Cassandra Brooks, cbrooks1 at stanford dot edu

I plan to study the strategies of indigenous fishers, scholars who have studied the origins of conservation ethics, and bold political efforts like the Antarctic Treaty. I hope to apply these political, scientific and cultural frameworks to the high seas and other ocean regions in urgent need of sustainable management.

Tim Frawley, tfrawley at stanford dot edu

I am interested in the population dynamics, spatial distribution and movement patterns of marine organisms targeted by commercial fisheries along the California Coast, utilizing collaborative fisheries research to create or inform adaptive management strategies.

Julia Mason, jgmason at stanford dot edu

I hope to apply scientific principles of how animals and humans utilize marine ecosystems to management strategies, informing effective, collaborative policy that protects the oceans and those that depend on them in the face of a changing climate.  


Shannon (Switzer) Swanson shanswan at stanford dot edu

I am a PhD student in the Emmett Interdisciplinary Program in Environment and Resources, a Teresa Elms and Robert D. Lindsay Fellow and a National Geographic Young Explorer. I study fishing communities in small island nations in South East Asia and Oceania and how they are affected by tourism, marine protected areas, conflict, social learning networks, and governance structures. Drawing from my career as a conservation/travel photojournalist, I am also interested in developing new participatory methods of research using film and photography. Before coming to Stanford, I received a masters in Coastal Management from Duke University and a B.S. in Biological Sciences and B.A. in Environmental Studies from UC Santa Barbara.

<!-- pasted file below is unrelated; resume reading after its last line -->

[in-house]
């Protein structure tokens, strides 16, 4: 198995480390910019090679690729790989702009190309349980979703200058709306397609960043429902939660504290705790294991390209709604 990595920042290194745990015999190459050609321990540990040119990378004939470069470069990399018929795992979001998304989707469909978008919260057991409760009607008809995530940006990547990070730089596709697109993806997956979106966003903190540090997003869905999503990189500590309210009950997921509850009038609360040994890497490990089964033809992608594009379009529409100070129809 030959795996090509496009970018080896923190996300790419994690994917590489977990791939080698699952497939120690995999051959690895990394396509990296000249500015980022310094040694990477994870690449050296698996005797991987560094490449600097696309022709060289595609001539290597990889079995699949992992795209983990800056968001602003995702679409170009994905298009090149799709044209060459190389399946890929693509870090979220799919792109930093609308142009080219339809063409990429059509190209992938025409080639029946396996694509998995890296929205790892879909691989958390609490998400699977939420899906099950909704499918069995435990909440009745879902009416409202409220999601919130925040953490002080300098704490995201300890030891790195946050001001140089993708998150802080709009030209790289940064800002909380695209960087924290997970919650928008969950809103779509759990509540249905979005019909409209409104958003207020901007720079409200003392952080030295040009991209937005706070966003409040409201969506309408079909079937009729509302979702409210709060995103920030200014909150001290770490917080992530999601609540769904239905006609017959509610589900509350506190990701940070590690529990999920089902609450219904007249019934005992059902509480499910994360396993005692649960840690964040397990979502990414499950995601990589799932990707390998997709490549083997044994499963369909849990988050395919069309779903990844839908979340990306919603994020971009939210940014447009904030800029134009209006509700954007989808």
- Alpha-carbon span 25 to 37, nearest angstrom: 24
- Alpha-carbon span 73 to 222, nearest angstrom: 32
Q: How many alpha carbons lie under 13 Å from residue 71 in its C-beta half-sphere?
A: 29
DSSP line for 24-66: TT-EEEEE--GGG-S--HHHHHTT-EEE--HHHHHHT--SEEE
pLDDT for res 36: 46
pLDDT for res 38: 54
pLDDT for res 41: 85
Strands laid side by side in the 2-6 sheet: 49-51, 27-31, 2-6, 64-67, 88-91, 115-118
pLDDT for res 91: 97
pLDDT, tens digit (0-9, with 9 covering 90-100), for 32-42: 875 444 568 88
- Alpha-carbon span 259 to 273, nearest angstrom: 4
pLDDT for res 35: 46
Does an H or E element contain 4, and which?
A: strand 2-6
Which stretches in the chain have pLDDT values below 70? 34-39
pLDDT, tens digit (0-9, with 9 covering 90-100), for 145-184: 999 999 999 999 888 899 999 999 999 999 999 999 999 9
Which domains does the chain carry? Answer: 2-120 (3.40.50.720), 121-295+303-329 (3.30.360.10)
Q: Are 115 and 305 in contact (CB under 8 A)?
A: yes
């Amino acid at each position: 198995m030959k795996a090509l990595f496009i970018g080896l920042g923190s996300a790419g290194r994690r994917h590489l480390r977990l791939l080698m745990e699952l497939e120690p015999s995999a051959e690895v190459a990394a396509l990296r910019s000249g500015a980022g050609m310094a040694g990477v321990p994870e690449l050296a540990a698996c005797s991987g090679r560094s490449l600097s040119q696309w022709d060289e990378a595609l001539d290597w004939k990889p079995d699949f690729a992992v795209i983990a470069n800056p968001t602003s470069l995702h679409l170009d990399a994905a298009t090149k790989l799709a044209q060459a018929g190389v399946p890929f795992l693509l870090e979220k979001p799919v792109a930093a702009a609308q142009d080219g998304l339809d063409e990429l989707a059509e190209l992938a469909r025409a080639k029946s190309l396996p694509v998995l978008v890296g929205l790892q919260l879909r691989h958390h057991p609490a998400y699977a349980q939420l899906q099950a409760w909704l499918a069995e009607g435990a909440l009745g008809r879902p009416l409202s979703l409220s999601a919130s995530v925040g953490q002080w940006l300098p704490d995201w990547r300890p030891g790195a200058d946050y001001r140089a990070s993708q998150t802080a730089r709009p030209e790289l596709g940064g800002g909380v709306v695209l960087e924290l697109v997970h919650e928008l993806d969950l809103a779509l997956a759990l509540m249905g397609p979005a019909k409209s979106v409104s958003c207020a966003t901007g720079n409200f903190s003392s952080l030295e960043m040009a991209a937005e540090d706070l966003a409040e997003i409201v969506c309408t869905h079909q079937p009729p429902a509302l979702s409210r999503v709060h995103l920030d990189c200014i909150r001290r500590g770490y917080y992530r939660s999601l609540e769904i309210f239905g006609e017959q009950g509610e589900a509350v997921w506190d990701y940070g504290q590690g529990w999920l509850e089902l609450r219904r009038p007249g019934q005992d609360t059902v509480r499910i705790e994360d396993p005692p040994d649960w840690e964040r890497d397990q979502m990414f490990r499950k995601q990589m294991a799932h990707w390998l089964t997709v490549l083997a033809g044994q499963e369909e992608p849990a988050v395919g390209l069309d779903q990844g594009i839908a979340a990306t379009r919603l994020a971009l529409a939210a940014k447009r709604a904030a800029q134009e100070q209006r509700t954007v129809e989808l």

Jose Urteaga,

My research interest is on the governance and sustainable management of marine natural resources in developing countries.